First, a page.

While the folks at SonicsCentral.com may be homers we are not biased enough to deny that Ray Allenâ€™s last minute heroics against Memphis earlier this week likely included a blatant shot clock violation. Earlier in the game an absolutely brutal pick by rookie Johan Petro included a fair bit of leaning and could just as easily been called as an offensive foul.
Frankly we donâ€™t care.
In the National Basketball Association the tone a team sets is as important to the game as anything else. Over the last two nights the SuperSonics came out with aggressive play and a demeanor that earned the respect of the officials. Whereas in past games this demeanor was likely to fade with substitutions of Flip Murray, Vladi Radmanovic, or Reggie Evans last night there was no letdown. This primarily had to do with the exceptionally strong play of Earl Watson and Johan Petro. Watson pushed the ball at a pace that clearly through the Grizzlies off balance and ignited his team offensively. Petro played well above his season averages both in terms of minutes and production. In the fourth quarter he looked like a seasoned veteran, calmly knocking down jumpers to keep the Sonics in the game.
The Sonics earned the calls they received and ended up winning their second consecutive game against a playoff team. In addition the wrapped up perhaps the most exciting and interesting stretch of basketball since last yearâ€™s playoffs. In the end I could barely contain myself and wound up calling both Scott and Steve to discuss the game late at night.
So why is it that I came into the office the next morning to find the Seattle Post-Intelligencer featuring a one-third page picture of a Portland Trailblazer?
Granted the Sonics did make the front page of the sports section with their win against Memphis despite the feature on Washington native Martell Webster. The day before their remarkable win against the league champion San Antonio Spurs was enough to earn them a spot on page C-4 in the same paper.
This city has always featured a reputation for fair weather fans. When a team is hot they dominate the news, when they struggle then they get no coverage. The matter does however always seem to be a little more lopsided when it comes to the Sonics. Much of the problem may have to do with the NBA, which is struggling to bolster declining interest and an image problem that never seems to be improving. However part of it likely is due to the teams management inability to establish a report with large portions of the fan base.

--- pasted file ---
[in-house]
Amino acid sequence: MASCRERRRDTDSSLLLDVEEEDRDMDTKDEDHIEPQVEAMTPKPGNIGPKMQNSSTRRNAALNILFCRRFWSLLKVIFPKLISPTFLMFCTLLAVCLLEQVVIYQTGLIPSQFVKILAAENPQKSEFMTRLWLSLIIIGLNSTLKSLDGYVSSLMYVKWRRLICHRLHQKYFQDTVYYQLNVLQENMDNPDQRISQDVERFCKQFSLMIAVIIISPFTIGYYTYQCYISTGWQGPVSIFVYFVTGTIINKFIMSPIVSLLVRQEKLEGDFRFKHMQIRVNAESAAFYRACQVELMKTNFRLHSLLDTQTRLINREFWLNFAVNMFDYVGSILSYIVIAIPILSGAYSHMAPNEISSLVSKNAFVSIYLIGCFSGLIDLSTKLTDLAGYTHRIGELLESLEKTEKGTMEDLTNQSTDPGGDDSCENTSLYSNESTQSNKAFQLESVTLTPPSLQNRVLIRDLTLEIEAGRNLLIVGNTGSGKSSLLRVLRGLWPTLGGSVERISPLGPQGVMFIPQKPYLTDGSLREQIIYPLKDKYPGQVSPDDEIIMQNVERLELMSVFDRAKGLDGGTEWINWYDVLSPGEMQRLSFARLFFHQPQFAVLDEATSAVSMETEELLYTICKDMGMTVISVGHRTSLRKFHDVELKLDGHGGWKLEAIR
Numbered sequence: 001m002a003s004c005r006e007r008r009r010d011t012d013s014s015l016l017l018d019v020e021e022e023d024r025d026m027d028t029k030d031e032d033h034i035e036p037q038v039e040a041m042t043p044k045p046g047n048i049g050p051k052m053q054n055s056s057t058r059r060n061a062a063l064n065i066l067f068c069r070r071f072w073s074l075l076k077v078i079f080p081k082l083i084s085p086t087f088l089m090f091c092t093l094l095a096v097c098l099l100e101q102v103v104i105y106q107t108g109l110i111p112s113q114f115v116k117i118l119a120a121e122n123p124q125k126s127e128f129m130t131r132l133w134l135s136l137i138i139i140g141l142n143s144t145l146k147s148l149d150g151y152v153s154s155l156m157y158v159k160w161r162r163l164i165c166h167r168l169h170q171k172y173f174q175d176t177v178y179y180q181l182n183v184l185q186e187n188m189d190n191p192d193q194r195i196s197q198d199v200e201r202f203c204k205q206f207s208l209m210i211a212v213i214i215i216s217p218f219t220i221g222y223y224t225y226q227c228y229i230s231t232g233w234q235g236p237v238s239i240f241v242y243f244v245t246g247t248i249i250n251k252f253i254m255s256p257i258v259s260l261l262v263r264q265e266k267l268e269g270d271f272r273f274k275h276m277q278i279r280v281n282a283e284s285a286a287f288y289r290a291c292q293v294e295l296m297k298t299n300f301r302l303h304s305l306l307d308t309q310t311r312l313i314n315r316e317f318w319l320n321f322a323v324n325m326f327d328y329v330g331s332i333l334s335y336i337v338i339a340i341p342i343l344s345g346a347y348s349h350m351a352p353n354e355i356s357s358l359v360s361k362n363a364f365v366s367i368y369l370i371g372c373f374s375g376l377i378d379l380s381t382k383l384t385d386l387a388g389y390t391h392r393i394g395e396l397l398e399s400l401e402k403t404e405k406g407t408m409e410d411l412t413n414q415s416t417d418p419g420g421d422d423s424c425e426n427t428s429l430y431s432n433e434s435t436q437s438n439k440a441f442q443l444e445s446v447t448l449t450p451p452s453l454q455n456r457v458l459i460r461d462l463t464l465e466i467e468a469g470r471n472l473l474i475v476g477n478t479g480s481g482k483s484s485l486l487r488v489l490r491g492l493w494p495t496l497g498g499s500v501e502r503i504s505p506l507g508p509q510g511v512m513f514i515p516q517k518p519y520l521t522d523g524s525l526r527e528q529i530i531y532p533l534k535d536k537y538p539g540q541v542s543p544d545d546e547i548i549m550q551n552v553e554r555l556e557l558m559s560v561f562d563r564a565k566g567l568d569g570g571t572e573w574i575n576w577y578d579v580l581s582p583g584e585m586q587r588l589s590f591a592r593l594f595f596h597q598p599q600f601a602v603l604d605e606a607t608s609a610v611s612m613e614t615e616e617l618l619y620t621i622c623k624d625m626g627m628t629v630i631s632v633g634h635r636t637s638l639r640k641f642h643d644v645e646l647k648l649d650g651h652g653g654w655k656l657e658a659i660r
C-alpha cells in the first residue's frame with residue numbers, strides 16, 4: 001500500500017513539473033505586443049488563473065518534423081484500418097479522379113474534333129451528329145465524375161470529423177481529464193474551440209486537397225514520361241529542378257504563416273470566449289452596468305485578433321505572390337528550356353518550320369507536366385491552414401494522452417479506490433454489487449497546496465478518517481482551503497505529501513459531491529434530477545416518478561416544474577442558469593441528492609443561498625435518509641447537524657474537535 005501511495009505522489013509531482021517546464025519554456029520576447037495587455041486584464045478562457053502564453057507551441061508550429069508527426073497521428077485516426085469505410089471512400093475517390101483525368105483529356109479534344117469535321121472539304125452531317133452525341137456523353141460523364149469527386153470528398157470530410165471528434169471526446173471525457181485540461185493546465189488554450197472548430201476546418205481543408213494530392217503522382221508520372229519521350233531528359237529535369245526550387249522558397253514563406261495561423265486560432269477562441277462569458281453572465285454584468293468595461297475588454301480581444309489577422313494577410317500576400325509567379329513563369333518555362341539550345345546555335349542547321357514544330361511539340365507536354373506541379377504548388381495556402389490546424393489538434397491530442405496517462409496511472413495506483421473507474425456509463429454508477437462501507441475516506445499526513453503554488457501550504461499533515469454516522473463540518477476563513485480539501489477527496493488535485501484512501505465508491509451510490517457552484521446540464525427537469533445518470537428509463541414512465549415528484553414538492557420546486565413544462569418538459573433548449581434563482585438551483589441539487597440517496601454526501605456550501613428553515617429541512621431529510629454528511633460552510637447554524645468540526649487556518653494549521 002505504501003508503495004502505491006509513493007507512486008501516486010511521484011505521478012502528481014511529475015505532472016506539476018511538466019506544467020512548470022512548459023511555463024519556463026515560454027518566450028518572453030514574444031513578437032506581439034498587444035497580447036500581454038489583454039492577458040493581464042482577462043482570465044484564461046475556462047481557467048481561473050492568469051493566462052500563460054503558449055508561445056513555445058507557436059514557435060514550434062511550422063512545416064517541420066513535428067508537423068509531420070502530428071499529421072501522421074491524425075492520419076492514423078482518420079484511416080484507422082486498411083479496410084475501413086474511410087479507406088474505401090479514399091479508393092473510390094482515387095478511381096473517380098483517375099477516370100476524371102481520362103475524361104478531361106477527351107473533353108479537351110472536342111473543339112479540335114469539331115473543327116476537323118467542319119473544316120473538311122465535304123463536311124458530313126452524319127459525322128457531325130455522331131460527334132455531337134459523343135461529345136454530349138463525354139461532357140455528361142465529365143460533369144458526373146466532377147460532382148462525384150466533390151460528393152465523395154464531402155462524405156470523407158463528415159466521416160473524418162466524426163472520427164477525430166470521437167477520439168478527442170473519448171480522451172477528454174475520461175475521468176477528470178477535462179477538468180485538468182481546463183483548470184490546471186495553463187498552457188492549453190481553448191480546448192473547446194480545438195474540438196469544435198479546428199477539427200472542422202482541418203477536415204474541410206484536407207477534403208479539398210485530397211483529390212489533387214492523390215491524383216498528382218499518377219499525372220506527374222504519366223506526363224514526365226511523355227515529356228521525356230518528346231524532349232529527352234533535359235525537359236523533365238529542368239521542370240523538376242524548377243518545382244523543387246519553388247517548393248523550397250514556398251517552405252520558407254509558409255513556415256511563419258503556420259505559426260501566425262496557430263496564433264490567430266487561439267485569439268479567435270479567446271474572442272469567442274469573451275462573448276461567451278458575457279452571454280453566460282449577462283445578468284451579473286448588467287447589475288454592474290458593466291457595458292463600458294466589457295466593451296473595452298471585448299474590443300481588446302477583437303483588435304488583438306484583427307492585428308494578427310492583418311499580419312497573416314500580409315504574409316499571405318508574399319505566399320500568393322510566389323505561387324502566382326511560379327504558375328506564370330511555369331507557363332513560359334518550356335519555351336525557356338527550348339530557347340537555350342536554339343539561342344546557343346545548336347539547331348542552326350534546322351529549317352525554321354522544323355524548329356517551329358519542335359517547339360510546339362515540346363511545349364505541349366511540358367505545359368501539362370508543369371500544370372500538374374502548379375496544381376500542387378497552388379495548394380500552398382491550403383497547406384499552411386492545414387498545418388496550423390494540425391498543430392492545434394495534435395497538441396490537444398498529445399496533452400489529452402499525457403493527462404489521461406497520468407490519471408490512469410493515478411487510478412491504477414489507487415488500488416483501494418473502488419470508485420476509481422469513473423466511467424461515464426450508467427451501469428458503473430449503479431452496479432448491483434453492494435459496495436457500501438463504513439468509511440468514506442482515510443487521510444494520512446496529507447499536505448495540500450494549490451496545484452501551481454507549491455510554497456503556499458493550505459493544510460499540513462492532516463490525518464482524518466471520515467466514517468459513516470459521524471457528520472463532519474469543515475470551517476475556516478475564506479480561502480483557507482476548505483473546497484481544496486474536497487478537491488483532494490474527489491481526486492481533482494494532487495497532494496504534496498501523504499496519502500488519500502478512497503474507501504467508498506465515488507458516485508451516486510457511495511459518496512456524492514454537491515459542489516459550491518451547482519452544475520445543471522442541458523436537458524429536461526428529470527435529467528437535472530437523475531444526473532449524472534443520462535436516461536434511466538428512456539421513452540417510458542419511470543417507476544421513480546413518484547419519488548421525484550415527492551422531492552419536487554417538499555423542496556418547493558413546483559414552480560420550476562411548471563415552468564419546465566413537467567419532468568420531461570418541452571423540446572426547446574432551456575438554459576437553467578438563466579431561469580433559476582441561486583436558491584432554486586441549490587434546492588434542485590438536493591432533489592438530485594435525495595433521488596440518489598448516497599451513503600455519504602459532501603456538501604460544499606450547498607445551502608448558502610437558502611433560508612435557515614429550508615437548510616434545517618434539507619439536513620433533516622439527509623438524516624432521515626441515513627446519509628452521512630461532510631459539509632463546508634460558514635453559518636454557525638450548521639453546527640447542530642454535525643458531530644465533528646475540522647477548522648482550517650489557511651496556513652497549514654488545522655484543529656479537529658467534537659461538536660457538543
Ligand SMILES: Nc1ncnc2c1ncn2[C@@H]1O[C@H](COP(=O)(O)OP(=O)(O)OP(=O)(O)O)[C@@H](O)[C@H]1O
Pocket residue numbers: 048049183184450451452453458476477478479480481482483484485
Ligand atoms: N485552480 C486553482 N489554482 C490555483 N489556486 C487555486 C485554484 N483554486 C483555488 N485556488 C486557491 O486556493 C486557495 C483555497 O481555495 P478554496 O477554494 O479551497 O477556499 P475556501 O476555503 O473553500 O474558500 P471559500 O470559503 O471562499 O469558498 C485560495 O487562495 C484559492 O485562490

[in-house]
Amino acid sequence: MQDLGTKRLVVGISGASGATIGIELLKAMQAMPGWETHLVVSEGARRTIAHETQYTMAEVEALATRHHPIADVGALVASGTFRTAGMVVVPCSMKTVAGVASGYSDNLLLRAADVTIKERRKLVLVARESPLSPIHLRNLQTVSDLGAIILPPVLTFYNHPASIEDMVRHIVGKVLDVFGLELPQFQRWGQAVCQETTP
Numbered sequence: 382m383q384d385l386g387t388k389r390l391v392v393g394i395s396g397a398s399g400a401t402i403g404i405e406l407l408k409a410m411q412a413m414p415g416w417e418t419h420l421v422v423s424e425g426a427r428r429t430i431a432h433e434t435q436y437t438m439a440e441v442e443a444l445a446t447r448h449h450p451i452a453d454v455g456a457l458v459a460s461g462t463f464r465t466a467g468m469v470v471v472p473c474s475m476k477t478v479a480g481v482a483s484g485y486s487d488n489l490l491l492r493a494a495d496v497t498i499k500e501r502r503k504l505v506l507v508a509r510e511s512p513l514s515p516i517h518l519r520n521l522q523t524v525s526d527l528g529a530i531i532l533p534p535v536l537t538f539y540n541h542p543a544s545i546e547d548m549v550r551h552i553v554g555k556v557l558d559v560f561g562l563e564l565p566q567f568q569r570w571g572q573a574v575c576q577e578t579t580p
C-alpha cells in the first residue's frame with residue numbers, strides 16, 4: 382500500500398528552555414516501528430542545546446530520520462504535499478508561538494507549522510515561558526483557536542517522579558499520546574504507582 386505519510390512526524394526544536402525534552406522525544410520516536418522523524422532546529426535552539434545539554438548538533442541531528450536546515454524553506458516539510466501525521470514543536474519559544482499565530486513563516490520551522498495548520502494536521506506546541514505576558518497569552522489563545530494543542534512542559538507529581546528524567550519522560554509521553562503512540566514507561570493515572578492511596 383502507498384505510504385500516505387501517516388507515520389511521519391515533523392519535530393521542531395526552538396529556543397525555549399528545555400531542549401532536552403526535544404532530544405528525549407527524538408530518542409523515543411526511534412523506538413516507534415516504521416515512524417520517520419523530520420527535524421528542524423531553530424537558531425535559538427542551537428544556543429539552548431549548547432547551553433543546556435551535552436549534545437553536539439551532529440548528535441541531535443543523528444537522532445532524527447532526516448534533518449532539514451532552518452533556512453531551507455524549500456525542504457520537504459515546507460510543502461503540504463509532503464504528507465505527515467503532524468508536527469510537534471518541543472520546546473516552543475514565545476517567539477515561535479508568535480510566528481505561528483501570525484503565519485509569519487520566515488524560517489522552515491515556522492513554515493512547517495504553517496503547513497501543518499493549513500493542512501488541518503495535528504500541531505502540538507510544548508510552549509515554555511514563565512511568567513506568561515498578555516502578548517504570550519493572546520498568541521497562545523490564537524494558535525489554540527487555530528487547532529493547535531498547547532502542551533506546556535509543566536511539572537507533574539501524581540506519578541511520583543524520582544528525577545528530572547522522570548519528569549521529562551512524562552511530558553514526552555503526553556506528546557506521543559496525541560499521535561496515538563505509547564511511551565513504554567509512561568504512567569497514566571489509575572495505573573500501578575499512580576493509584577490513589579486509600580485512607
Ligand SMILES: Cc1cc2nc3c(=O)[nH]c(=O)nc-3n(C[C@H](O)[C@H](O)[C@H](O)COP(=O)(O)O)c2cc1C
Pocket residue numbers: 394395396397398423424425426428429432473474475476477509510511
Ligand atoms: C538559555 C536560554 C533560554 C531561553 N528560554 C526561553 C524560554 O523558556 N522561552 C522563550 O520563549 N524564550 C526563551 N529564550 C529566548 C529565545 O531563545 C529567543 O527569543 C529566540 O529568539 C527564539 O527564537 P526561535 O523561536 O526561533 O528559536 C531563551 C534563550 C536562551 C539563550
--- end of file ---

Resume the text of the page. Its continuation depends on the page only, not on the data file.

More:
Despite having one of the top overall records in the league during a decade long run, many fans cannot seem get over their animosity towards team president Wally Walker. Walker drew the ire of fans for his replacement of popular general manager Bob Whittsett and coach George Karl. Since that time he has been a lightning rod for criticism. Fans focus on the lack of playoff success and compare records to the high standards set in the late 90â€™s. Some supposed fans have allowed their anger towards Walker to become so great that they have begun rooting for failure in an effort to depose Walker.
â€œThe Sonics damage control at the trade deadline kind of shot us in the foot.â€ claims a message board poster at www.seattle-pi.com. This poster, under the name â€œHeavy!â€ claims credit along with an group called Sonics fans united for flying an anti-walker banner at a game last year. â€œâ€¦beating the Spurs,& posting a record above .500 isn't exactly condusive to generating a big following at the moment.â€ He continues.
While Sonics Fans United may be longing for losses like the one the one suffered in Houston I do not. Aggressive play won respect of the officials against Memphis and it is what they need in order to get off page C4 and win back fans in a competitive sports market. The team must be both competitive and exciting to watch in order to succeed. For two nights they were.
It didnâ€™t seem to matter much.